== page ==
Countries with weak intellectual property rights and enforcement such as the US prior to the mid 1970s can be economic powerhouses precisely because they are not hobbled by arbitrary restrictions on what people can think or make. China is in a similar position now, and unsurprisingly the US wants them to respect American IP rights to make them less competitive. So the argument that economic weakness correlates in any way specifically with weak IP law is incorrect.

Individuals are at a disadvantage to corporations with or without patents because of their relative economic power. Without patents, if I invent a new computer, Apple or Sun can simply copy it far faster than I can raise the funds required to make it myself. With patents, if I invent a new computer, Sun and Apple each have thousands of patents they can assert against me to prevent me making my new computer or to charge me for the privilege of making my own invention. In either case the problem is relative economic scale, and the moral high ground of being able to pay the tens of thousands of dollars it costs to draft a patent or the hundreds of thousands it costs to defend a patent is cold comfort for a private individual. The best you they hope for is to sell their idea to one of the big players, in which case they have basically agreed to take on the economic risk of corporate R&D without the economic or social rewards.

It is not bizarre that people can be compensated for benefiting society, but we are artists and if we think of ourselves in microeconomic terms we are clearly insane. Economically, we would make more money and benefit society more as plumbers, or if we suffer white collar delusions of grandeur as accountants.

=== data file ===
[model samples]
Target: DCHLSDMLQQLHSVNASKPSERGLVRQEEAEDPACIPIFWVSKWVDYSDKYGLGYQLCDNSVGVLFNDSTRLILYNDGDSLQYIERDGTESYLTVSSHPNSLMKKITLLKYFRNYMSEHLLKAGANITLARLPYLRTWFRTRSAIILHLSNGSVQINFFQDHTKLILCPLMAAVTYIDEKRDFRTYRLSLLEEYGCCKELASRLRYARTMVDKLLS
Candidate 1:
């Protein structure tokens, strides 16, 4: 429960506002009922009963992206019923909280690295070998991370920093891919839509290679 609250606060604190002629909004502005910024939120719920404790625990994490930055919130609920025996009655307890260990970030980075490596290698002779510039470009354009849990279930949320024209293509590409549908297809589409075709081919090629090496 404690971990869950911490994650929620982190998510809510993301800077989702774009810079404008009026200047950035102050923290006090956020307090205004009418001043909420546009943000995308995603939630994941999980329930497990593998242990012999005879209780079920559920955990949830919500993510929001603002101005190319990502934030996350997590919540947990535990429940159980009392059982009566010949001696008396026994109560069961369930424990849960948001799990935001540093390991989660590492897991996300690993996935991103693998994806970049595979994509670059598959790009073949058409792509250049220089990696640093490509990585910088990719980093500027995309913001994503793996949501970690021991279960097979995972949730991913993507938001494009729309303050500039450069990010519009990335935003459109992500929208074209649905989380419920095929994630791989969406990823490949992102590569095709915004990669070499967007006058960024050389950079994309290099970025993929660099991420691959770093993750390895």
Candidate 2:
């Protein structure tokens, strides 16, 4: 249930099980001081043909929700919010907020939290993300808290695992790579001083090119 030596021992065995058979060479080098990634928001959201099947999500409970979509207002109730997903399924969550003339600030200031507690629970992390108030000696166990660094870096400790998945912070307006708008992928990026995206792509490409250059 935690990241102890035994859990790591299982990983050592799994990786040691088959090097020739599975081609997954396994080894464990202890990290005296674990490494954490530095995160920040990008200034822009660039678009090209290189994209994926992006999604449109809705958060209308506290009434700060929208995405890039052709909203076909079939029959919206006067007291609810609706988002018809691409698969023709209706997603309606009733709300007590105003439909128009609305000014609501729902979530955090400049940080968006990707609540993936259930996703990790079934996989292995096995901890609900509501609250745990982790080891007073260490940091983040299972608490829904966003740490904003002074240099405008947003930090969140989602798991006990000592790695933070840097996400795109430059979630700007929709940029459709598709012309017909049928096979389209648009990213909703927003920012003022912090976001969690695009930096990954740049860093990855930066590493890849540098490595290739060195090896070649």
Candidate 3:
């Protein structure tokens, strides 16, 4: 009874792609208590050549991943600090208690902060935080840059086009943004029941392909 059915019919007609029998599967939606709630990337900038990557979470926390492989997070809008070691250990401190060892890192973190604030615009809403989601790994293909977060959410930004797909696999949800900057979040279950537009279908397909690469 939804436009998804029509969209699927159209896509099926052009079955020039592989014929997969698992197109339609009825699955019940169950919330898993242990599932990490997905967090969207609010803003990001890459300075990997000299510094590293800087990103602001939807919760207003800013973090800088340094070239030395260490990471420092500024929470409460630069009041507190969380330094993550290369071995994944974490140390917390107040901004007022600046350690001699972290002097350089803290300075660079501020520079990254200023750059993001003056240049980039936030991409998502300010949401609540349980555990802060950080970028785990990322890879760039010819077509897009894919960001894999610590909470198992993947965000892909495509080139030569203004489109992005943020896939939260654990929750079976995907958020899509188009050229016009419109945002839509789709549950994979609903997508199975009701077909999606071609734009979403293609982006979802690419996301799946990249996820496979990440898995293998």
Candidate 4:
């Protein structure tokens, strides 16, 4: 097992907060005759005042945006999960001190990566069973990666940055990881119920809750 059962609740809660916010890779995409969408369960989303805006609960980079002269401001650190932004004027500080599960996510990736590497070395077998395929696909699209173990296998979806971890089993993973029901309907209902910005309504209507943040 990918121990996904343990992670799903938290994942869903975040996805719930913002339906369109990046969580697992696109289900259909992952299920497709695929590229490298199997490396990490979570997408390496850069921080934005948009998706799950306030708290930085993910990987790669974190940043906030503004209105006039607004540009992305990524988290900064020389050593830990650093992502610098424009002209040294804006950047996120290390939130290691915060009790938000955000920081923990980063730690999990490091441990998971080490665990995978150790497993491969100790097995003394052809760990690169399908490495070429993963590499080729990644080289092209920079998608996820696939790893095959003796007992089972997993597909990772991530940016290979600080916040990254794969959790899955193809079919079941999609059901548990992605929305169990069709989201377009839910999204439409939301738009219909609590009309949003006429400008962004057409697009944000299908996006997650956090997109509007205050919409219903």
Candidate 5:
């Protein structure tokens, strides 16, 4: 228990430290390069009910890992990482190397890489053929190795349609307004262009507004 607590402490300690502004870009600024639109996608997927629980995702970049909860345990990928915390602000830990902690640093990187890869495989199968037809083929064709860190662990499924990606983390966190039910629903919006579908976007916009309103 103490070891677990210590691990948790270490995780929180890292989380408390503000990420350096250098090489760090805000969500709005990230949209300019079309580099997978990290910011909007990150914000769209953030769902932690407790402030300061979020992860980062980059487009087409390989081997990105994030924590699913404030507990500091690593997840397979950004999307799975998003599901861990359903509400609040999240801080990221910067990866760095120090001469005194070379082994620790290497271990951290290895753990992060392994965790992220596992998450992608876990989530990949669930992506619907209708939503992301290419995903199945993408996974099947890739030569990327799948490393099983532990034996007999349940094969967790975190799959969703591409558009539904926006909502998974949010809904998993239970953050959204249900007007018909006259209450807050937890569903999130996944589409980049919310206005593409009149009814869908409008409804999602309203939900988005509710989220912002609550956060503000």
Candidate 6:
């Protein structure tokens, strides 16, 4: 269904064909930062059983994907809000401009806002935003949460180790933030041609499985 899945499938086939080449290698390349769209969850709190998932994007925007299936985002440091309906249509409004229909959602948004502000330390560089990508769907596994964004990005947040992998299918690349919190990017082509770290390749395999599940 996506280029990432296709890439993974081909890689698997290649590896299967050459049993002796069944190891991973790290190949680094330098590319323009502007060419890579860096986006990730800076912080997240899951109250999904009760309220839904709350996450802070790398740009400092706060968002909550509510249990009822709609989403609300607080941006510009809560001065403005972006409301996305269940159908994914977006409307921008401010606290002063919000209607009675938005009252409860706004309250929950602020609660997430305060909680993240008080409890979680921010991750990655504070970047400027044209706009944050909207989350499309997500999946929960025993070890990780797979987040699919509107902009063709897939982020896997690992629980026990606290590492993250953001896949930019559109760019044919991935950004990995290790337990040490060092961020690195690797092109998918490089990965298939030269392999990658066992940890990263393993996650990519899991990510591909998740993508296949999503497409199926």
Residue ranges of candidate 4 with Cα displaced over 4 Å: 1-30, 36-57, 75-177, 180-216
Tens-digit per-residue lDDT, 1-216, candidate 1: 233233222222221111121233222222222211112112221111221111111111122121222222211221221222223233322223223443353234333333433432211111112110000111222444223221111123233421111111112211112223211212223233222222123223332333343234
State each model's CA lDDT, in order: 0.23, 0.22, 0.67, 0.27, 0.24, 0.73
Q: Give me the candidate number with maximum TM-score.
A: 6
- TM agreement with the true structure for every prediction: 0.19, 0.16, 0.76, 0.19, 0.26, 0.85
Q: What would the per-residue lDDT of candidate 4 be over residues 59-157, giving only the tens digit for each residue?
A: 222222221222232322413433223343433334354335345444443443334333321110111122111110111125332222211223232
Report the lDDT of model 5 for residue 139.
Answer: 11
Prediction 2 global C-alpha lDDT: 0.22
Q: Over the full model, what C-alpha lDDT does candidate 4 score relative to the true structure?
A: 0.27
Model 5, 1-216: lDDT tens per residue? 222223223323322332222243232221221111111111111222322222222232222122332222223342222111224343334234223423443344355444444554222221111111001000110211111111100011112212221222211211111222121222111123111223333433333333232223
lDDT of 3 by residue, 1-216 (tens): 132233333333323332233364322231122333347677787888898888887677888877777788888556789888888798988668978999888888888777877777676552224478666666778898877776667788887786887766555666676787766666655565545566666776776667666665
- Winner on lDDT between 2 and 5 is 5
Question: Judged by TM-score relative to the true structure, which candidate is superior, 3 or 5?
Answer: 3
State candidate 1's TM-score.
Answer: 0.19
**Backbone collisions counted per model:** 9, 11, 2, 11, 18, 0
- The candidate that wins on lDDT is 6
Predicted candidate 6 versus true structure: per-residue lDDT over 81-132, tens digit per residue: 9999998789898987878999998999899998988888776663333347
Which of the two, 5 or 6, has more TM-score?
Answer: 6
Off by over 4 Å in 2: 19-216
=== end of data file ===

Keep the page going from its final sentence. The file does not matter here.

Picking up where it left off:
What would be bizarre would be if people were compensated for preventing others from benefitting society. But that is precisely the practical effect of software and business method patents.



Quoting Jim Andrews <>:

> there should be recourse to overturn patents when the "invention" should not
> be patentable.

There are entire classes of "inventions" that are patentable that
simply should not be patentable. This means that every single
"invention" of this class should not be patentable. To make such
"inventions" patentable then allow some to be overturned is a category
error. Software and Business Methods should not be patentable, the
public harm this does outweighs any private benefit.

- Rob.



Quoting Jim Andrews <>:

> patents are only a threat to dullards.

That is untrue. Patent trolls are a threat to genuine innovators. And
the patentability of mathematics and concepts in software patents and
business method patents are a threat. This is true for both economic
and social implementation of both novel and established ideas.

> because they are quite particular. they're not general enough to be much of
> a concern to inquiring, original minds.

Patents are not particular, they are written in impenetrable legalese.

If you saw your own original creation represented as a patent you
wouldn't recognize it. I know, because I once had to help prepare a
patent for something I had created.

> so don't worry too much about them.

"We programmers are often amazed by the simplicity of the ideas that
real software patents cover--for instance, the European Patent Office
has issued a patent on the progress bar, and one on accepting payment
via credit cards. These would be laughable if they were not so

Sure, don't worry unduly about them. But recognize that any expansion
of patents into areas that affect art, and art computing in
particular, is not a positive thing and should be opposed where

- Rob.